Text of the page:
Bryan Esler has been doing a great job with this column, and I’m honored he’s letting me have a go it this week.

Scott Bourne has been teaching us for years to “Own Your Own Zip Code.” This means that everyone in your area should know that you’re the photographer. I’ve tried several means of doing this, but there’s one way that’s been exponentially more productive.

What Hasn’t Worked Well

Your community probably has at least one magazine that comes free each month, and it’s really just a marketing piece. It’s full of ads from various businesses and it may have an article featuring one of those. For more than five years I shot the cover photo for these magazines in two cities and had an ad inside as well. From all those magazines covers and ads, I only ever got one new client.

To be fair, all my friends and existing clients would remark to me that they saw my article in the magazine each month, and that’s valuable for keeping me top of mind in their eyes. But as for new business, it wasn’t productive. And this was every month for 5 years.

Similarly unproductive were radio ads. I had a good ad on the radio with lots of enthusiasm and it played several times each week on three stations for six months. For me, this did not turn up any new business, and not very many people even mentioned the ad to me, so I feel it was less productive than the magazines.

Magazine and radio ads are successful for many people and there are many ways to use them that are probably better than what I did. But there’s one method I’ve used that always brings new business, and I think it’ll work well for you too.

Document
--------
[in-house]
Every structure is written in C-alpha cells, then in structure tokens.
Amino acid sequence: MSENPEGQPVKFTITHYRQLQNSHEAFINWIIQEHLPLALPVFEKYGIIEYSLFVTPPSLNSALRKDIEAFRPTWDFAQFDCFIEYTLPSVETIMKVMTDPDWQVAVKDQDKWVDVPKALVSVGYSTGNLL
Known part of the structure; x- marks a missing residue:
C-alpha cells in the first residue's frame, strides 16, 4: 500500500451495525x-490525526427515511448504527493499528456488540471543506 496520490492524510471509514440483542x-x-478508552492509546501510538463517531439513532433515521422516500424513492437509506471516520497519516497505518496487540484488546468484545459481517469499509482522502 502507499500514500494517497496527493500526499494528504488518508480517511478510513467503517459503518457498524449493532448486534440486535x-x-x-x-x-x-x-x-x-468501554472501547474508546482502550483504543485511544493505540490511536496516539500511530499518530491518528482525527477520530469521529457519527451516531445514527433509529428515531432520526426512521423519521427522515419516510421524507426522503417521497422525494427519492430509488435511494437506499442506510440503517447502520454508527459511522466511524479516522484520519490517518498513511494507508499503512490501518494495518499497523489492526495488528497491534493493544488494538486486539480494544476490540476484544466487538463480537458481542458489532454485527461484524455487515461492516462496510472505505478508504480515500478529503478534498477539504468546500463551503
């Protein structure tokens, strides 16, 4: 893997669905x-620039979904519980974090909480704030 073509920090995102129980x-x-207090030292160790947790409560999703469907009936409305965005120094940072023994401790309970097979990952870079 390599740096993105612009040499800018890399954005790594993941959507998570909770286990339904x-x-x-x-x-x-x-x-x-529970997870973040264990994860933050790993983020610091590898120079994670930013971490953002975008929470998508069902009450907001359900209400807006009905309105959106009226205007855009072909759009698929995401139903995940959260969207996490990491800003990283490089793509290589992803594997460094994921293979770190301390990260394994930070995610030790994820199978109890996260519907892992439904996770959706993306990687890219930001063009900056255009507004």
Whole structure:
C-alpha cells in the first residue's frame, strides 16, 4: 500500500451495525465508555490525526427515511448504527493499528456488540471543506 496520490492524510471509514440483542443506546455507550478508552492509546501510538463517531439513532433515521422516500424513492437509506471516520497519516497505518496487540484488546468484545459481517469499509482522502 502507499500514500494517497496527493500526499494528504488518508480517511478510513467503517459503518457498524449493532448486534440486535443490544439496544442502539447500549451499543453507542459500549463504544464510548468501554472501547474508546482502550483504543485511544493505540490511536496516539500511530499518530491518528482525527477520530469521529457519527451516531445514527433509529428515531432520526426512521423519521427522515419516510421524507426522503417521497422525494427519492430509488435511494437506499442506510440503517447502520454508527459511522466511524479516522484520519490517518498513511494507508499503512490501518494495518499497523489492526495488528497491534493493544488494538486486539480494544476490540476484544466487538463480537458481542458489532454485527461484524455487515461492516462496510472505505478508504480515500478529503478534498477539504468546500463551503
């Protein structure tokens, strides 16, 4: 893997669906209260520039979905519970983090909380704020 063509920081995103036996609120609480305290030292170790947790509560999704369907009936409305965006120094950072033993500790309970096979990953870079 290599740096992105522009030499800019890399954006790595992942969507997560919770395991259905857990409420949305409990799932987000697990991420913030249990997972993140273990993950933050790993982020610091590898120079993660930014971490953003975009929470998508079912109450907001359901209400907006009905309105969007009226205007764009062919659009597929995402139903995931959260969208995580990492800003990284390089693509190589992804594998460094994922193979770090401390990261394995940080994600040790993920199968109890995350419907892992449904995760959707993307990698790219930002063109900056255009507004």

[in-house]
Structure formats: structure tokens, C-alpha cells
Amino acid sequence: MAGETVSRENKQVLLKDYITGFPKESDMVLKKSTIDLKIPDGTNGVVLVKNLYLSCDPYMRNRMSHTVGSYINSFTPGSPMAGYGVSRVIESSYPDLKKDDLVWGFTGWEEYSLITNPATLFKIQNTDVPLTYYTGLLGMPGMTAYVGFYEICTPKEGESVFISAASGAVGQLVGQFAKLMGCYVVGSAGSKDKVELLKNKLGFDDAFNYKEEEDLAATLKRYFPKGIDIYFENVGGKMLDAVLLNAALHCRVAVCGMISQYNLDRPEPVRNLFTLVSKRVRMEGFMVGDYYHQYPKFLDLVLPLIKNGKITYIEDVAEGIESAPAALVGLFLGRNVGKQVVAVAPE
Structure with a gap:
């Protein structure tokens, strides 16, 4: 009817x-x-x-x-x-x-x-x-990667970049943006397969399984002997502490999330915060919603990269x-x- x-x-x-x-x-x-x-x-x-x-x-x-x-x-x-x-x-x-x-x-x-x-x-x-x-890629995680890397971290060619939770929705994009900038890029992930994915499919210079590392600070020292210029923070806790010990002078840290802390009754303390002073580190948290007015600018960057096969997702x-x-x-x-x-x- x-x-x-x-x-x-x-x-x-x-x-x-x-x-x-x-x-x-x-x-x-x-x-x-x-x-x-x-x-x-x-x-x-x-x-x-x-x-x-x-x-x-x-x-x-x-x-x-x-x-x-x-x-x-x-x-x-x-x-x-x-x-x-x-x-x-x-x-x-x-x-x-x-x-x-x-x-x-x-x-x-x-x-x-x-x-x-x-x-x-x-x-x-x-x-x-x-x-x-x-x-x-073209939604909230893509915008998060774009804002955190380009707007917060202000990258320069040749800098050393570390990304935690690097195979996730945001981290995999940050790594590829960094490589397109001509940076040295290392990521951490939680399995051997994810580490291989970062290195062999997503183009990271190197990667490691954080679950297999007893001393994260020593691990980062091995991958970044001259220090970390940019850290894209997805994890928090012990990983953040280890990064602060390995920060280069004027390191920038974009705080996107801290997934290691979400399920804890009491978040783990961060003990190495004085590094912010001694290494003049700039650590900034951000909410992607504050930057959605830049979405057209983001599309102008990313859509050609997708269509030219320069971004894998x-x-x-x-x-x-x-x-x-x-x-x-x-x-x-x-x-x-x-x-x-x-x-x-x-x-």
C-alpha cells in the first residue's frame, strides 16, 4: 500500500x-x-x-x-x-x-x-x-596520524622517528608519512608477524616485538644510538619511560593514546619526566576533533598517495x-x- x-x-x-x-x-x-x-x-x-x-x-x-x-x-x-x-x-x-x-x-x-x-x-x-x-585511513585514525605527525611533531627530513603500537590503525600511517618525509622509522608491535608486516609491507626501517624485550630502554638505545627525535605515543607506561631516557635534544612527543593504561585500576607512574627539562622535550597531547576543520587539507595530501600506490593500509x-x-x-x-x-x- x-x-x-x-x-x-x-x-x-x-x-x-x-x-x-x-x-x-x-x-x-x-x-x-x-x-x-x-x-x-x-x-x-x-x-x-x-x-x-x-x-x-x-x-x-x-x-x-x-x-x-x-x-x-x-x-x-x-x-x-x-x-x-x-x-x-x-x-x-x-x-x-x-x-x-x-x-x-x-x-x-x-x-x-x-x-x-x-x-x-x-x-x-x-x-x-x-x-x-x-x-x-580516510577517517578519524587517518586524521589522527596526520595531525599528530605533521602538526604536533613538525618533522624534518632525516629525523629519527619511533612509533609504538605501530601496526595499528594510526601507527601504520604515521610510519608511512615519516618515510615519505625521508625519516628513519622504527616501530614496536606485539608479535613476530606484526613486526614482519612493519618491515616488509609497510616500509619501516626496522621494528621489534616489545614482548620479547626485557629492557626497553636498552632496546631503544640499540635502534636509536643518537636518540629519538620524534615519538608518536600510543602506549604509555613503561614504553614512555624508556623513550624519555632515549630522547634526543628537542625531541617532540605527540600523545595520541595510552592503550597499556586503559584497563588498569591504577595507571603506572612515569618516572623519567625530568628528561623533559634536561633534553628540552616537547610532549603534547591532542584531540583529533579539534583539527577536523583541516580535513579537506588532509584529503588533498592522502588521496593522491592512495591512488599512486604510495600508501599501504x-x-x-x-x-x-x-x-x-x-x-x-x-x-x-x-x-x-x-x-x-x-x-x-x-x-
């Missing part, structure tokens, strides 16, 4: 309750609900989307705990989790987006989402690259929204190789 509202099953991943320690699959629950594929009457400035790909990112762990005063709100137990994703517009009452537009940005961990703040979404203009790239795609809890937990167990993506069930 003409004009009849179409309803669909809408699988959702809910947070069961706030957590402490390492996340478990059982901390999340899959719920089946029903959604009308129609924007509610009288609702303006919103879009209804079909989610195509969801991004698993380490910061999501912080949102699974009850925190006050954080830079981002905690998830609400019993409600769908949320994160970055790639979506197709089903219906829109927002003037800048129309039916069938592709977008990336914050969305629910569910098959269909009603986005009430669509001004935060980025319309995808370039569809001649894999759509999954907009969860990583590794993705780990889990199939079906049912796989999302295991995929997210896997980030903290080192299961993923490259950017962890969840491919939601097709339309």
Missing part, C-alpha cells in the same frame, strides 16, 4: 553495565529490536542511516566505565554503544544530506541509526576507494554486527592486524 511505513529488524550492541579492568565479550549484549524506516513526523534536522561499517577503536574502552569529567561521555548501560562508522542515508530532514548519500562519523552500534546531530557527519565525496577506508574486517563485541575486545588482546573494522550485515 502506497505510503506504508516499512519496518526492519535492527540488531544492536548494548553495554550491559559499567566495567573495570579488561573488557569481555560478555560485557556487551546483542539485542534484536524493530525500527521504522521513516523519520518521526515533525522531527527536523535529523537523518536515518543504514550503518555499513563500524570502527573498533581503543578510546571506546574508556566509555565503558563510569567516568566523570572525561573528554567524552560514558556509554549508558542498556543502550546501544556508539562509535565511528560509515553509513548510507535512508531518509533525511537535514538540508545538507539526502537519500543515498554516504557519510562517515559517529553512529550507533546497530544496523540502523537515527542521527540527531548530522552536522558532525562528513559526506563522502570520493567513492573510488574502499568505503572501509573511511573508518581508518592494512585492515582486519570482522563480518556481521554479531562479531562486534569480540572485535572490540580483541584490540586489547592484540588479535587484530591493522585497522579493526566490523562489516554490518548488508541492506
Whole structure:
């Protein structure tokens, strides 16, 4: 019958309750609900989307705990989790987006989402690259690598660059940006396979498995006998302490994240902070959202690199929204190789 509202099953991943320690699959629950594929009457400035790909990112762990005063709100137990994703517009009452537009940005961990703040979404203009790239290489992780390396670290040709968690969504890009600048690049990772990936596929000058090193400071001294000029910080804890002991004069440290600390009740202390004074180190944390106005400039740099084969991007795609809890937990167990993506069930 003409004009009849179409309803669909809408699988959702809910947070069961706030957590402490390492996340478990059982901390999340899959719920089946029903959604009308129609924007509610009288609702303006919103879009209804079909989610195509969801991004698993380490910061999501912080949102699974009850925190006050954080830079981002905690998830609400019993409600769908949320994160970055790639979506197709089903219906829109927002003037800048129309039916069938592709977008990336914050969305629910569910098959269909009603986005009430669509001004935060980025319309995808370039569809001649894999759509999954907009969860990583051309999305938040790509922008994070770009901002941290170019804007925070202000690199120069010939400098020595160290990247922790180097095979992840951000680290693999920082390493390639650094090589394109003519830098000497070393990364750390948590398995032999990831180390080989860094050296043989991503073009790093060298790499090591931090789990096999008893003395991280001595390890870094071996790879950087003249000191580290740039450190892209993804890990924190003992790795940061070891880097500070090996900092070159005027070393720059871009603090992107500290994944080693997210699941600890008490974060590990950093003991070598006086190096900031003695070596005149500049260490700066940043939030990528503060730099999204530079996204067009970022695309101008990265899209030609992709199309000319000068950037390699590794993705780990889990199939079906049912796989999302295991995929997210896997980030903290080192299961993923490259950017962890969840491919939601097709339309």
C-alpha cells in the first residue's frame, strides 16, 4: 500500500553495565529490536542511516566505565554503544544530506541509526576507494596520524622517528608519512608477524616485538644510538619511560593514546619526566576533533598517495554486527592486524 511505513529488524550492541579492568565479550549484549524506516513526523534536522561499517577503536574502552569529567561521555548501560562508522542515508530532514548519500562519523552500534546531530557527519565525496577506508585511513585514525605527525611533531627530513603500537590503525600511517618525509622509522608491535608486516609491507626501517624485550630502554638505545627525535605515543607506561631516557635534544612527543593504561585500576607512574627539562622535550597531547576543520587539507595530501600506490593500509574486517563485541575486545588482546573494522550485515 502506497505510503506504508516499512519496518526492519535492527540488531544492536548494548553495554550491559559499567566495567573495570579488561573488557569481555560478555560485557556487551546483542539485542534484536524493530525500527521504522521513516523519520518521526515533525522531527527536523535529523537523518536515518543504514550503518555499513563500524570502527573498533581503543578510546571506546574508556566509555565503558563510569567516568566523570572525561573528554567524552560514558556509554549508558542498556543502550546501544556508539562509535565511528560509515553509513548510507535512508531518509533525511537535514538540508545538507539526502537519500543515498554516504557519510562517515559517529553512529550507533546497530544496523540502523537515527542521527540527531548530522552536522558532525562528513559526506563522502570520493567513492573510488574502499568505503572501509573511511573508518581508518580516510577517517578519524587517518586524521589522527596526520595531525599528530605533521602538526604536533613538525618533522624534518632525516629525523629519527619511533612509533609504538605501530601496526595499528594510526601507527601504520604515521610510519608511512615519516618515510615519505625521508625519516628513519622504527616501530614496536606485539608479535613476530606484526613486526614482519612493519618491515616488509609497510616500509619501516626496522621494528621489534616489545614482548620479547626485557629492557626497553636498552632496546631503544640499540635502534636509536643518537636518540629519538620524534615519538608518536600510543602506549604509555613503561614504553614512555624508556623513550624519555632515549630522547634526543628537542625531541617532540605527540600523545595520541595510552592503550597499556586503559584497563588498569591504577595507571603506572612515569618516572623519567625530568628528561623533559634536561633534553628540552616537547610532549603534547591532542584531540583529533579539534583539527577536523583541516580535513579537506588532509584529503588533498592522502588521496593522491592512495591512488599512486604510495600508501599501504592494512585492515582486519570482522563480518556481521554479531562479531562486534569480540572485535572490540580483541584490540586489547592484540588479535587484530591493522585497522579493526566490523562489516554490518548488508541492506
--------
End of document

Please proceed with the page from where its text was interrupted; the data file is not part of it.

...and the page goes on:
Knocking on Doors: Neighboring, Not Soliciting

You should literally go knock on doors and meet your neighbors, and I mean business neighbors. It doesn’t matter what kind of photography you do, the businesses in your town do business with the people you want to do business with, so they should know who you are, too.

It’s really simple to do this, and there’s no reason to be nervous. Start by making a simple postcard-sized business card. I’d use Adobe Spark to do it because I’m not a designer and Spark makes great layouts and designs simply, and it’s free. Get this card printed up. I recommend doing it inexpensively and quickly. I used Vistaprint, but it’s even better if you find a local printer in your town to do business with.

Now, go to the business area nearest you and do this. Walk inside and find the manager/owner and say, “Hi, I’m Levi, your neighborhood photographer. I’m just introducing myself to my neighbors and wanted to get to know you and your business better.” That may be all you say and leave your card, or you may stay and converse a while. Ask what marketing strategies have worked well in this area, how they utilize their social media or other pertinent questions. The goal here is meeting people, not selling your services.

Selling your services is called soliciting, and most businesses have a sign that says, “No Soliciting.” You’re not a solicitor you’re a neighbor. Remember that and act like it. That’s why this is easy and there’s no pressure. They will probably ask you what you do, but don’t try to sell yourself to them. This relationship is much more valuable than getting this person’s business because they know much more people who will need your services, and the same goes for them. You know lots of people and this relationship allows you to make a recommendation for this business’s service.

Don’t Get Paralyzed

The most important thing about doing this is DOING IT. You can spend days making a postcard, and weeks choosing a printer. Don’t. Get post-it notes and write your name on them if you have to, but get out there and do it. Don’t let analysis paralysis keep you from going and knocking on doors and meeting your neighbors.


I can tell you that every time I spend two hours doing this, I get new business. I’m not out to get new business, but inevitably someone I meet is looking for a photographer anyway and I’m the one they now know. I wish I could tell I do this all the time. But I’m like you, and I’m a little nervous and it’s really easy to put it off. But everytime I do it I get new business, and I get new business later from others I’ve met and come back around to. Just do it, and I’m sure your business will grow, too.

For more on Photography Marketing, see our weekly column.